His first thought was perhaps she’d suffered a broken heart, but she wasn’t dating anyone. Hadn’t had a steady boyfriend in over a year, ever since she finally made a clean break from Drake the Prick. Jesus, he hoped that abusive asshole hadn’t made his way back. Last time Zoey had seen her ex-boyfriend, Drake had given her a black eye. Rob had repaid the favor, only instead of one black eye, he’d left Drake with two, as well as a broken nose and four loose teeth. If Drake had come back—
Then Rob’s breath caught as he considered something even worse. Her parents weren’t exactly old—both of them only in their mid-sixties—but if something had happened to one of them, Zoey would be desolate, devastated. Her dad had been diagnosed with high blood pressure recently and Rob recalled Zoey worrying that her old man would die of a heart attack like her grandfather had. But why wouldn’t she have told him that on the phone?
He walked over and knelt in front of her. Her face was pale.
“Zoey,” he whispered, gently pushing her dark brown hair away from her eyes. He didn’t like seeing her so tired, so frail-looking. A surge of protectiveness rose up inside him. “Zoey. Wake up, baby. I’m home.” God. He must be tired. Where had that term of endearment come from?
Her eyelids lifted slowly. “Robbie?”
He grinned. She was the only person on the planet who still called him by his childhood nickname. The second he hit high school, he’d instructed his teachers and friends to call him Rob. Zoey was the only one who couldn’t make the switch. She’d told him he would always be Robbie to her. He liked the idea, so he didn’t pick a fight about it.
She sat up slowly. “What are you doing here?”
He shrugged, then claimed the warm spot next to her on the couch. “I was worried about you.” He gestured to the tissues scattered on the floor and coffee table. “What happened?”
Her response was worse than words. She quite simply fell apart.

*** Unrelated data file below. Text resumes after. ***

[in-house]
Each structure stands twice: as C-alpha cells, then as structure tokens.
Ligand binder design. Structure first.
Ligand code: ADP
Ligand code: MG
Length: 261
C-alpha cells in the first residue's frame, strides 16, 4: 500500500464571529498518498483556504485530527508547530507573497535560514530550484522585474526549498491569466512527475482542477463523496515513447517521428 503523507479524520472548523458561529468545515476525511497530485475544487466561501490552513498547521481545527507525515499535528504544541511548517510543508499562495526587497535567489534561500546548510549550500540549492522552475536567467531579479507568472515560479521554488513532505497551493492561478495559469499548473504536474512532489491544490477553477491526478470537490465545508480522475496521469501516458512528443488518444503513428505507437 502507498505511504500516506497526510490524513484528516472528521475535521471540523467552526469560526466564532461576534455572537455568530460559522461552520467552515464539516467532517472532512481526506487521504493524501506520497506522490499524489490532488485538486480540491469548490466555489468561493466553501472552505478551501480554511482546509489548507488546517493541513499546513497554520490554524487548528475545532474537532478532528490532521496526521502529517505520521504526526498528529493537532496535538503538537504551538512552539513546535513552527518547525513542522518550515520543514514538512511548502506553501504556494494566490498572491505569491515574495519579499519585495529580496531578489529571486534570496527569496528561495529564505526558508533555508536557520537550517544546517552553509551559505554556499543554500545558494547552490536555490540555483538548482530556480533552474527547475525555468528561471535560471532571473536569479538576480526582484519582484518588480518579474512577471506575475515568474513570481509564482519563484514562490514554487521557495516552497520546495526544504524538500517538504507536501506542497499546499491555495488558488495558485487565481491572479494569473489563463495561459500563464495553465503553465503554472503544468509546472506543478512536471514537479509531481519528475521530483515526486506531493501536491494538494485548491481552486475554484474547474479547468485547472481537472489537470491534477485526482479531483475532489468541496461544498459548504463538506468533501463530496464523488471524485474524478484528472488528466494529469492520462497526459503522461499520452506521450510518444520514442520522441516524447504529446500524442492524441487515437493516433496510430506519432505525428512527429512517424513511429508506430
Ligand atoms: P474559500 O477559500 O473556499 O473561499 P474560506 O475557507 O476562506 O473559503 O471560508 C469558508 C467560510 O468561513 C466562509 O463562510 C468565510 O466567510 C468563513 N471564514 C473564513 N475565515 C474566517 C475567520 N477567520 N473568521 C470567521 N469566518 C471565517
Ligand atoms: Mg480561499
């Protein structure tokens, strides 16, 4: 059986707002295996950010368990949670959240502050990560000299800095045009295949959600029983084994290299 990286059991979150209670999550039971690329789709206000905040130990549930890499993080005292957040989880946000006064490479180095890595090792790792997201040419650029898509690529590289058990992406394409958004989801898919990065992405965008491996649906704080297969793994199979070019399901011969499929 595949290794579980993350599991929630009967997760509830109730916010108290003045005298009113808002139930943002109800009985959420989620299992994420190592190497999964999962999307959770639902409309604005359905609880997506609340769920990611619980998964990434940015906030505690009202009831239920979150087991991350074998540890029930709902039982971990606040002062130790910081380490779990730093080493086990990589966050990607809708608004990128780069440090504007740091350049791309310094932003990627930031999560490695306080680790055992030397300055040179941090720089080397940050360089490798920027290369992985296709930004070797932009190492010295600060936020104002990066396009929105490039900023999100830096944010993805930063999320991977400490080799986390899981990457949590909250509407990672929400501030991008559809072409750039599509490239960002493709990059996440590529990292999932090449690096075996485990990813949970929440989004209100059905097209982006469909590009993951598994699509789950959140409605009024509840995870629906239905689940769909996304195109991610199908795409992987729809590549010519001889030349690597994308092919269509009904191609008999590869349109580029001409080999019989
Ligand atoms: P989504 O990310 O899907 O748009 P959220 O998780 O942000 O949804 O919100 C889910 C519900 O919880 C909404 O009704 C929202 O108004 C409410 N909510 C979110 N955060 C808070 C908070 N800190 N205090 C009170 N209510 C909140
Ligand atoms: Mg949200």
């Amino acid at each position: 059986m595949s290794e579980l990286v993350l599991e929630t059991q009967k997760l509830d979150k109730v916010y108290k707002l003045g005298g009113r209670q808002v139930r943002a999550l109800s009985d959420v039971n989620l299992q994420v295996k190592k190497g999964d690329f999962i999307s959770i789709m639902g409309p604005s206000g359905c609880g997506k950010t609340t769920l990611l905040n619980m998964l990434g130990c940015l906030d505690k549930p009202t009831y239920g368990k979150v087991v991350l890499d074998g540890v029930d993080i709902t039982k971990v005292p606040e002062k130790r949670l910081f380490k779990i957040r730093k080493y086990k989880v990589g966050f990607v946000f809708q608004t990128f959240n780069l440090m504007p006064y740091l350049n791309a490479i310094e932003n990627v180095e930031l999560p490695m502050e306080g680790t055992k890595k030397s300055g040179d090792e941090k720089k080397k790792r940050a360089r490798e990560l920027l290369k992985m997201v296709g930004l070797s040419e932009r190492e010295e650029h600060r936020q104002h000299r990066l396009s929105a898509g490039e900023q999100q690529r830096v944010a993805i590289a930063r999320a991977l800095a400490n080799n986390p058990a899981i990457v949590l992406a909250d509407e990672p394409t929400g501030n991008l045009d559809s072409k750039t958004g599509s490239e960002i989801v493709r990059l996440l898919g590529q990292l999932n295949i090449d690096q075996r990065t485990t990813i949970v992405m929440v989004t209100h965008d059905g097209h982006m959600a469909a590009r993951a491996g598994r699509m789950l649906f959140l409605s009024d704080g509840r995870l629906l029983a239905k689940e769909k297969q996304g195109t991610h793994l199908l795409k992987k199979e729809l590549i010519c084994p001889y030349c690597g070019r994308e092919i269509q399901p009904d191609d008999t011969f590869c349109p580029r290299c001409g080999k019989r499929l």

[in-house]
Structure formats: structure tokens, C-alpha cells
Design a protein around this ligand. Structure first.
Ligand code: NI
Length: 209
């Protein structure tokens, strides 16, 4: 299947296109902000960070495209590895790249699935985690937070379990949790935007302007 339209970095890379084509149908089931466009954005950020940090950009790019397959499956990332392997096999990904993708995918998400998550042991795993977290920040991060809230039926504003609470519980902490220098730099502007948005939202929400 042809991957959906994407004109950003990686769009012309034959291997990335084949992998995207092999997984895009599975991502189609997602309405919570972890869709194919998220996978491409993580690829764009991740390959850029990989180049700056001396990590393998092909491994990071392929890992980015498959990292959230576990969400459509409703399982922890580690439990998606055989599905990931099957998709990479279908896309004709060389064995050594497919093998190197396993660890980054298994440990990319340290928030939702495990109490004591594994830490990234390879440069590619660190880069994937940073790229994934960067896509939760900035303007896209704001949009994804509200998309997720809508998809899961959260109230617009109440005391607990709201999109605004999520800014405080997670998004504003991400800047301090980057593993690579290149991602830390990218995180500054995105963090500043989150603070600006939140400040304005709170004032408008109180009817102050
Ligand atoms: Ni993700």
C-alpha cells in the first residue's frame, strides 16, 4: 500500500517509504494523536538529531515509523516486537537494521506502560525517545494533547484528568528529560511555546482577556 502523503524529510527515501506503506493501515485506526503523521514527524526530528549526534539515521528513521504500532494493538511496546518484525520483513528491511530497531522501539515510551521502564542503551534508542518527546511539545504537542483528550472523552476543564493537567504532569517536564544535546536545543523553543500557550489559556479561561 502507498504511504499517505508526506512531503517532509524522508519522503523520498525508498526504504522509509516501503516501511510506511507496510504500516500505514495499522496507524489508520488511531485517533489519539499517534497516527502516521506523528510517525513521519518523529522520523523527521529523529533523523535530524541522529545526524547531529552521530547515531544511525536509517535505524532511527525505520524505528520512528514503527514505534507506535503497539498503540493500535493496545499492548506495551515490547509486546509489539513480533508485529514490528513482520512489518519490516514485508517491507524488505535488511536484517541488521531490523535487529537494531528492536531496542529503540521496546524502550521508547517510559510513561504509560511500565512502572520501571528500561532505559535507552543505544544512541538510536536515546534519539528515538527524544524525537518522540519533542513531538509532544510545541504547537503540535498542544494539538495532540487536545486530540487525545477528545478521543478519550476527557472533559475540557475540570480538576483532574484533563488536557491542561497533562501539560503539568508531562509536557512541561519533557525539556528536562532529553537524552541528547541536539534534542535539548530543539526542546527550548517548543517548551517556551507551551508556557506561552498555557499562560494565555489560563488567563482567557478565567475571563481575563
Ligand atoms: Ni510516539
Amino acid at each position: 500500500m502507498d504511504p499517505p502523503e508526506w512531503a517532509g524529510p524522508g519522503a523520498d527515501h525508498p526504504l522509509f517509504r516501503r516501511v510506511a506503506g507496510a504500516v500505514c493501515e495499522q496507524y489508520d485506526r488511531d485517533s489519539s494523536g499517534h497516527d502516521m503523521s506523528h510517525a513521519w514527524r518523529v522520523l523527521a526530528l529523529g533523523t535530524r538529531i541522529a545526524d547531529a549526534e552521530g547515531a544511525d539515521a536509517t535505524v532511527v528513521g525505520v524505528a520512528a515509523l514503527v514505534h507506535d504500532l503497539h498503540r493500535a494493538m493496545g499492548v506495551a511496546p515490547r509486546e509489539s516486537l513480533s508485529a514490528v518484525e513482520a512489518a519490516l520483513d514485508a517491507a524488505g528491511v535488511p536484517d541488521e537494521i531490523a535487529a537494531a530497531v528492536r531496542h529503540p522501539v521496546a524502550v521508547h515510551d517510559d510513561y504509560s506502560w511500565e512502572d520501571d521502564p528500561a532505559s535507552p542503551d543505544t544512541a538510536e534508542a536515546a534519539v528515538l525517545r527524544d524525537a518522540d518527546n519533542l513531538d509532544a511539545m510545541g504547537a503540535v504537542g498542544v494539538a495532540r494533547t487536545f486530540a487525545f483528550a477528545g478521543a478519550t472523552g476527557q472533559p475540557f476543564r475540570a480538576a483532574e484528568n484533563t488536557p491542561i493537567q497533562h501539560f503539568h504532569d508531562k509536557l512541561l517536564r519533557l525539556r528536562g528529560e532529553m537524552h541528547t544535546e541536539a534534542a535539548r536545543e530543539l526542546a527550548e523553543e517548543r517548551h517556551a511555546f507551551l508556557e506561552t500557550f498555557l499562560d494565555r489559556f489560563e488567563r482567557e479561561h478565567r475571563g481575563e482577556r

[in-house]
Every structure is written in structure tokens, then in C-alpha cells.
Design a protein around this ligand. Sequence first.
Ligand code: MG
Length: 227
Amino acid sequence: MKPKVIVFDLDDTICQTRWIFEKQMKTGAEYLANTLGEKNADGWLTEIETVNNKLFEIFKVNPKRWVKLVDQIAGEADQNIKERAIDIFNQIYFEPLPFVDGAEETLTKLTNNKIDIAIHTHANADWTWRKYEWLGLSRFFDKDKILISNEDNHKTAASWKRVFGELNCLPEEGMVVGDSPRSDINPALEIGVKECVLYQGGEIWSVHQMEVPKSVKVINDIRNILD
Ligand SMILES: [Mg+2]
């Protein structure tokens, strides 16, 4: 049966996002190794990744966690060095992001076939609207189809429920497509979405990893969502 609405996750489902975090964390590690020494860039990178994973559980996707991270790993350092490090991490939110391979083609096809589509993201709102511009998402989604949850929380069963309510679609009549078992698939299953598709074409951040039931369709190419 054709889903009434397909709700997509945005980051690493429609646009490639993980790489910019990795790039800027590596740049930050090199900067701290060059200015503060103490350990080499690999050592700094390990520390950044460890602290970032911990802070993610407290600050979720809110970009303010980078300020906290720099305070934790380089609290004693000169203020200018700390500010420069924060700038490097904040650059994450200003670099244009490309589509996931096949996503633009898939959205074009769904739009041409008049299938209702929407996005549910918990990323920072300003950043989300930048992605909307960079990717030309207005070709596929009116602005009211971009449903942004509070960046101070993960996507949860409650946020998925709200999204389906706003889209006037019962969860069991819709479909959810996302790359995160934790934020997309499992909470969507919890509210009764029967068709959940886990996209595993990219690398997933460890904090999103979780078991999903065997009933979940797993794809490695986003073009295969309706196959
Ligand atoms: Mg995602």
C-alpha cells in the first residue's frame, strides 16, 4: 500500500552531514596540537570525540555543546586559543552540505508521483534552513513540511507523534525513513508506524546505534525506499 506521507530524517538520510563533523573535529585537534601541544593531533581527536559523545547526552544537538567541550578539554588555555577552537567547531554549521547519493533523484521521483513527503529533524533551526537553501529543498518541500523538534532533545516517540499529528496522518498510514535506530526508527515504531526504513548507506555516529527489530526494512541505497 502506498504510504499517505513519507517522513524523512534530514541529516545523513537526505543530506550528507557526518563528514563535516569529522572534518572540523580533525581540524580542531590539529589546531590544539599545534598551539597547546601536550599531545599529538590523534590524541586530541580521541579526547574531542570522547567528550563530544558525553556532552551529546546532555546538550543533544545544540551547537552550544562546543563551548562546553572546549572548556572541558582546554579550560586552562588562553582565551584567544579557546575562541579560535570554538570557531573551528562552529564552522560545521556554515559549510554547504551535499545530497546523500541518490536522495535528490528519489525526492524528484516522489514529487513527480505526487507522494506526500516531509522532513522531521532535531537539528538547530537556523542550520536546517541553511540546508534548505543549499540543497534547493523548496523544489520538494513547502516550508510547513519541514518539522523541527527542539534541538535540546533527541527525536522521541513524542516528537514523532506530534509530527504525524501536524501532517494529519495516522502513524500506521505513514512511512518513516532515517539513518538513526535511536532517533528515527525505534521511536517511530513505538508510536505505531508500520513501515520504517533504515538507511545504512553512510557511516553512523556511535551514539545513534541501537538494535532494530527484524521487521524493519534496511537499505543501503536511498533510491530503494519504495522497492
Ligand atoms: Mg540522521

Rob reached for her, pulling her into his arms as she cried. “Shhh. It’s okay. Whatever it is, it’ll be okay. We’ll fix it.”
His words, rather than comfort her, seemed to open the floodgate even more. She clung to his shirt, loud sobs wracking her small frame. He held her tighter, each cry slashing through him more sharply than a machete. Twenty-five years of friendship and he could count on one hand the number of times she’d cried in front of him. His heart raced as his mind whirled over what could have happened. Jesus. Whatever it was, it was bad. Really fucking bad.
He tightened his arms around her, desperate for a way to calm her. “You’re killing me, baby. Please. Please tell me what’s wrong.”
She shook her head against his chest.
He cupped her face, forcing her to look at him. “Say it, Zoey. Fast. Like ripping off a Band-Aid.”
“If I say it out loud, then it’s true.”
He wiped the tears away from her cheeks. “It’s true one way or the other. Tell me and we’ll take care of it together.”
“I have cancer.”
His mind had raced over a hundred possibilities since Zoey collapsed in his arms. That one had never come to him. “I don’t understand.”
Stupid words. He knew what she’d said, but Zoey was young, healthy. It didn’t make any sense.
“I had a mammogram. They found a lump.”